“My Lady, would you be so kind as to tell me who you are?” This was the humble request of Bernadette Soubirous to the Virgin Mother of God, who appeared to her on multiple occasions at the Grotto of Lourdes, France, in 1858. Our Lady responded, not with words, but with an enchanting smile. Young Bernadette worked up the courage to ask her a second time. And, once more, Our Lady simply gazed upon her with a smile. Only when Bernadette put the request to her a third time did the Virgin Mary answer with the momentous words, “I am the Immaculate Conception,” before smiling upon her once again and vanishing from sight.

“Mary’s smile is ‘a spring of living water’ whose source is the Heart of her Son, Jesus.”

— Fr. Louis Maximilian Smith, OFM Conv.

Ever since the Virgin Mary appeared to Saint Bernadette in 1858, the Grotto at Lourdes has become famous for the numerous bodily healings which have taken place there, in connection with the miraculous spring of water Our Lady pointed out to Bernadette, and with our Eucharistic Lord. While it cannot be precisely known, without a doubt a great many more pilgrims visiting the Shrine of Lourdes have experienced healings of soul. In a mysterious way, they, too, have been touched by Mary’s smile.

Who can measure the life-giving impact of a human smile? It is a precious act of love, transcending any language, freely bestowed upon another person. How much more does the smile of the Virgin Mary shed light upon even the deepest darkness within the human heart! If the Immaculate Conception is the seal of God’s undying love for every man and woman, the smile of his very own Mother is “a true reflection of God’s tenderness, is the source of an invincible hope.” In it is reflected “our dignity as children of God” (Benedict XVI, Homily, 15 September 2008).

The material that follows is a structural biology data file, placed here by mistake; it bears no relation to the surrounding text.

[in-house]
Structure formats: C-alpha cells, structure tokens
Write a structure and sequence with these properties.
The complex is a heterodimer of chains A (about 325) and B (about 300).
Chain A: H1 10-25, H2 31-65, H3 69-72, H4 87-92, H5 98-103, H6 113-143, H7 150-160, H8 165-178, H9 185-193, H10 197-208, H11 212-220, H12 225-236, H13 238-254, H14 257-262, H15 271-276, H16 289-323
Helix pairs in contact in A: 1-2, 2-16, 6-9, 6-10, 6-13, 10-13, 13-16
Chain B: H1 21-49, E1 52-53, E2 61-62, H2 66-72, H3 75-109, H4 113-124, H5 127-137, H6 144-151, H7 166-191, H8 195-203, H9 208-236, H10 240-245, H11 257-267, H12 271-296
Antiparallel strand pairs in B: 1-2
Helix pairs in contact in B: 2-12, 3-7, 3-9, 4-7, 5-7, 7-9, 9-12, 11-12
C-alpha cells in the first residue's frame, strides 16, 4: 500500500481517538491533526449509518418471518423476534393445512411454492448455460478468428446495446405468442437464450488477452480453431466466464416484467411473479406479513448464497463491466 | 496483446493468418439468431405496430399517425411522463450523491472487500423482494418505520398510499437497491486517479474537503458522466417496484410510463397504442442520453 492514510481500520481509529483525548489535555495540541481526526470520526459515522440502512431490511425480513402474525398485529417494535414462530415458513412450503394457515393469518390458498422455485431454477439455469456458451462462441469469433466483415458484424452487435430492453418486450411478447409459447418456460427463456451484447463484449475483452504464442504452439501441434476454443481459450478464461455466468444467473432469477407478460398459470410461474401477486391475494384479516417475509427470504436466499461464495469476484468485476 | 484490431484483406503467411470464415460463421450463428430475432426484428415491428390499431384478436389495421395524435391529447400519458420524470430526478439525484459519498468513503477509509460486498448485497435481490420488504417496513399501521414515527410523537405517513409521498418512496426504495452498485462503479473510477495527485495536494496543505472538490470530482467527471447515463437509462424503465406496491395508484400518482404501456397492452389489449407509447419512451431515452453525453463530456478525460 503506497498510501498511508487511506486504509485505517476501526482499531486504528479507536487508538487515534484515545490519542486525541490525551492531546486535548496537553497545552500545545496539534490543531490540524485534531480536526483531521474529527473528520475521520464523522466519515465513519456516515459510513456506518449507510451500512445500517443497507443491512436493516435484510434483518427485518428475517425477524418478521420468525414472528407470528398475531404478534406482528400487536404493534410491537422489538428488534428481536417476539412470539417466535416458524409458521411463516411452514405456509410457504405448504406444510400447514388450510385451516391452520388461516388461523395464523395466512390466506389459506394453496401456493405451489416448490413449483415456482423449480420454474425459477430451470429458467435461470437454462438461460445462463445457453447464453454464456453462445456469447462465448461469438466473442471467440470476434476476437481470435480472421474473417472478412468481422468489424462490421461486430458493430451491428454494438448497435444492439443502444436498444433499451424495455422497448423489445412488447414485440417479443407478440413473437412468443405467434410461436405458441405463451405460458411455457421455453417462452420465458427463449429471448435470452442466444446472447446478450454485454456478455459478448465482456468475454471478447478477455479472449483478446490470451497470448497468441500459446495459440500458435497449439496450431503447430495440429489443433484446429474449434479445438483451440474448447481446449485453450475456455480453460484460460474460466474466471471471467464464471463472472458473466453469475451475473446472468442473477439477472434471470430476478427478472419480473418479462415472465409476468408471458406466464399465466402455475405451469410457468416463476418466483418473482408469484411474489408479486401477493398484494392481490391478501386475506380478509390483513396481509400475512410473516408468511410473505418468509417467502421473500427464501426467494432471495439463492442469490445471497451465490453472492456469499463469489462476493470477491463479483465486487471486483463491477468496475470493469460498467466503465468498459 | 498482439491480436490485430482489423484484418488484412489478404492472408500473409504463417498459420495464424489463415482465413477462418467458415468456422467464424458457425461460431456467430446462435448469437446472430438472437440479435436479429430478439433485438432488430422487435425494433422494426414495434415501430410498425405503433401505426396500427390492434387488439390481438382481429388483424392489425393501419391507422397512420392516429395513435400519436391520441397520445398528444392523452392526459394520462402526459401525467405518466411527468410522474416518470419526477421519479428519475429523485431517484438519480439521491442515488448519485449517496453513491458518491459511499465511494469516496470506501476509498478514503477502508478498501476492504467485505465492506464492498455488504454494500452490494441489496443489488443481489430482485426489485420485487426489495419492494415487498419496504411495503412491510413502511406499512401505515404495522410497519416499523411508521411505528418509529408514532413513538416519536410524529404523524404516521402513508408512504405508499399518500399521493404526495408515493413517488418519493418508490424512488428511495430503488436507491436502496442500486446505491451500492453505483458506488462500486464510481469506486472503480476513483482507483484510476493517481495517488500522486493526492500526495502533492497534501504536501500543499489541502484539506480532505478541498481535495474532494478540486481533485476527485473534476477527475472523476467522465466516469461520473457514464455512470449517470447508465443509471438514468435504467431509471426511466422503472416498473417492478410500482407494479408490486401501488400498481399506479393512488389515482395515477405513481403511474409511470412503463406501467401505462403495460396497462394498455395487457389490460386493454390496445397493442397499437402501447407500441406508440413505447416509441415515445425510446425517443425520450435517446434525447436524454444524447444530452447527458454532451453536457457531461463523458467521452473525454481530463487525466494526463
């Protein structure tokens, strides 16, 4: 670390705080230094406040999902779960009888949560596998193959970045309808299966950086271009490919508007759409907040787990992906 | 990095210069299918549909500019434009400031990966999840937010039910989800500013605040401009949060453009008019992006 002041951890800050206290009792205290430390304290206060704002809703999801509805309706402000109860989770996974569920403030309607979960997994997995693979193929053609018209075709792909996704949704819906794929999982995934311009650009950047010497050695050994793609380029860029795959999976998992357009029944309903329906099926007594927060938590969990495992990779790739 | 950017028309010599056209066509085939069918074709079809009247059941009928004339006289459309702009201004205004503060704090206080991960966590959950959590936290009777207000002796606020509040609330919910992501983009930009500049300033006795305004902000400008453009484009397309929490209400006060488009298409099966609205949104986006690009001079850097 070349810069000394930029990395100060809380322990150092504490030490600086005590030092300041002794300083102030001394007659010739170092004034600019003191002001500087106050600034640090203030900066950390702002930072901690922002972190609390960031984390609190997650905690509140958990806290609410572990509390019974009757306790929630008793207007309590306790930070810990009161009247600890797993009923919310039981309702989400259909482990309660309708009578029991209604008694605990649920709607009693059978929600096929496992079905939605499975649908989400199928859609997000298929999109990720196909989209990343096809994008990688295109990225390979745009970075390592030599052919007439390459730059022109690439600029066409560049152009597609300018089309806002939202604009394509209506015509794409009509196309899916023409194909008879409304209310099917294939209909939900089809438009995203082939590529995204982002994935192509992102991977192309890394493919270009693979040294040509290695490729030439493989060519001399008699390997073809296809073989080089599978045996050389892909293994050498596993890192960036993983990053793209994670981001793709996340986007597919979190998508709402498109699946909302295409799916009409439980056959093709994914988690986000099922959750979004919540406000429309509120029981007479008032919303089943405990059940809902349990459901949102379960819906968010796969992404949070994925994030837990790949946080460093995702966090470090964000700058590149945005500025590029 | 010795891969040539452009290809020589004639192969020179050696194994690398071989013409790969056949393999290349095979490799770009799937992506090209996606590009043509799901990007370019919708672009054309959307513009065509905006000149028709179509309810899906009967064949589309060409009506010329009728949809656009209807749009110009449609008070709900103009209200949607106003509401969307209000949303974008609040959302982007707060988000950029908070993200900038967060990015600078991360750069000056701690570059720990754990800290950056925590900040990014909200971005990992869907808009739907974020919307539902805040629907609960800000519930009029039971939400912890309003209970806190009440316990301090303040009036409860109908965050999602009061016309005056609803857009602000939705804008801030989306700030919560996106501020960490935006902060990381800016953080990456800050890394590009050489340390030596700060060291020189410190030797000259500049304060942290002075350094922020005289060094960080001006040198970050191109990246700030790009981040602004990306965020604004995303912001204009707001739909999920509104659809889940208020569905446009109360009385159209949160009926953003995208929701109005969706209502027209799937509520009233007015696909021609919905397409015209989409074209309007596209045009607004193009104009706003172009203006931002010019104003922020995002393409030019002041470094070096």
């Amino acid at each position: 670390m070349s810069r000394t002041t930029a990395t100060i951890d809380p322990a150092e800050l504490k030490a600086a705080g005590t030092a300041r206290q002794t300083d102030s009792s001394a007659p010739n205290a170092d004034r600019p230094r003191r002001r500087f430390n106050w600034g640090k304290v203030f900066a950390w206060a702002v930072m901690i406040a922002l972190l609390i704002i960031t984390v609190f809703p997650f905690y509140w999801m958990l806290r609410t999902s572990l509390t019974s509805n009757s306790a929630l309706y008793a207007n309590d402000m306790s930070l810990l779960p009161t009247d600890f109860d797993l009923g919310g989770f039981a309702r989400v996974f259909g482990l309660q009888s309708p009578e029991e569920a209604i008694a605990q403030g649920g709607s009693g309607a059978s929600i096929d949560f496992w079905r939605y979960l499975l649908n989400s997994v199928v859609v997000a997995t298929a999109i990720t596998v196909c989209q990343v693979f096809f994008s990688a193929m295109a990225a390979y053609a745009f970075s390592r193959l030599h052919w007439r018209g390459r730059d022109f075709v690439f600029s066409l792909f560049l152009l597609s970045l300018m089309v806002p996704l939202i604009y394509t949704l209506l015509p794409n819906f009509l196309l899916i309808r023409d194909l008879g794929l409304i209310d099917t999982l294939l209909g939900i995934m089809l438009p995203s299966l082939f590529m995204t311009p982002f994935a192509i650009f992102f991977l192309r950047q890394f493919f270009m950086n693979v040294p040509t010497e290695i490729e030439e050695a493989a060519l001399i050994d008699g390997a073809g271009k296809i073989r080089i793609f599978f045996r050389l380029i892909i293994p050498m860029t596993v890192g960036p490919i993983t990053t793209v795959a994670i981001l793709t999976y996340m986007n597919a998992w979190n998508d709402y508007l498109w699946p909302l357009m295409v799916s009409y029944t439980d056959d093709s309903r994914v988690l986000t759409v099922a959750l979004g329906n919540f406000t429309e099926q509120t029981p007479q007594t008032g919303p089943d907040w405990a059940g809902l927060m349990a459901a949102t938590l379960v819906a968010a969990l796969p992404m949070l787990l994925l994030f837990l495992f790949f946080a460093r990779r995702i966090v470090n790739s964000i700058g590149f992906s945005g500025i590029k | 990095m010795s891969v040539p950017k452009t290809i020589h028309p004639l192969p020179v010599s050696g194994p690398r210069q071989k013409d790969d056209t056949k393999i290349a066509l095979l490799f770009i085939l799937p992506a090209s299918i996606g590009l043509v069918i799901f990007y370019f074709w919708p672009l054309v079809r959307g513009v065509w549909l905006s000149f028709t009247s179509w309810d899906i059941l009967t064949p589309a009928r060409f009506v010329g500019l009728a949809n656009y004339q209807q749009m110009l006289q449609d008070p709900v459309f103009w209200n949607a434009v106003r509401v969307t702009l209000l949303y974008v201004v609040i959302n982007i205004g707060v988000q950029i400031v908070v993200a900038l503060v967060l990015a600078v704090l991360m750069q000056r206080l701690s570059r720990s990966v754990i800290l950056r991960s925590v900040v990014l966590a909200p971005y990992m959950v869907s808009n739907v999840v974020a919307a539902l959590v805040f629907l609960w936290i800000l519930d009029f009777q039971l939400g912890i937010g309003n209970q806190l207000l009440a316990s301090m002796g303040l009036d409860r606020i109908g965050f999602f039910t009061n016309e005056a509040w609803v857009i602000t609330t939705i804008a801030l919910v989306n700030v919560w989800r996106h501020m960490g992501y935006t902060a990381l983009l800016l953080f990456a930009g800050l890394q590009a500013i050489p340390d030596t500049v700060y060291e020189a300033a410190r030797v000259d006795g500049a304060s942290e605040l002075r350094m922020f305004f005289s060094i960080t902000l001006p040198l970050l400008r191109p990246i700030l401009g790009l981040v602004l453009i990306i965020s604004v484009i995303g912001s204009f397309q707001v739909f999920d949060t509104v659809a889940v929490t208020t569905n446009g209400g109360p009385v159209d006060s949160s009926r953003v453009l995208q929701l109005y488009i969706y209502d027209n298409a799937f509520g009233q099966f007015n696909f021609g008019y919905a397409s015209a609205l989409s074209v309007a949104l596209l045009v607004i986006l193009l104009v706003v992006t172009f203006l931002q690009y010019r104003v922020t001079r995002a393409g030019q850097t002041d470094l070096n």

Mary’s smile is “a spring of living water” whose source is the Heart of her Son, Jesus. Her smile beckons us to draw close to His Heart to find not only an incomparable source of healing and consolation in the midst of our sufferings in this life, but more importantly to find therein the source of eternal happiness for our broken hearts. How blessed we are to be the recipients of Mary’s smile!

“Who can measure the life-giving impact of a human smile? It is a precious act of love, transcending any language, freely bestowed upon another person.”

— Fr. Louis Maximilian Smith, OFM Conv.

The ongoing pandemic has laid bare the almost unbearable distress of soul and body so many of our brothers and sisters — and perhaps we, too — are having to endure. Who will come to our aid in all this distress? 

Mary’s smile was directed not only to Bernadette; she is, in fact, smiling upon each one of us. Her smile is a reminder that “there has entered One [the Son of God] who shares suffering and endurance; in all suffering con-solatio is diffused, the consolation of God’s participating love so as to make the star of hope rise” (Benedict XVI, Spe salvi, n. 39). Once having received this smile, we, in our turn, must share it with our brothers and sisters.

One might ask: “In the midst of so much misery and distress, how can I find the strength even to offer a smile to my neighbor?” Let us have the courage, like Bernadette, to turn to the Mother of God, and to humbly ask her: “My Lady, would you be so kind as to tell me who you are and who your Son Jesus is?”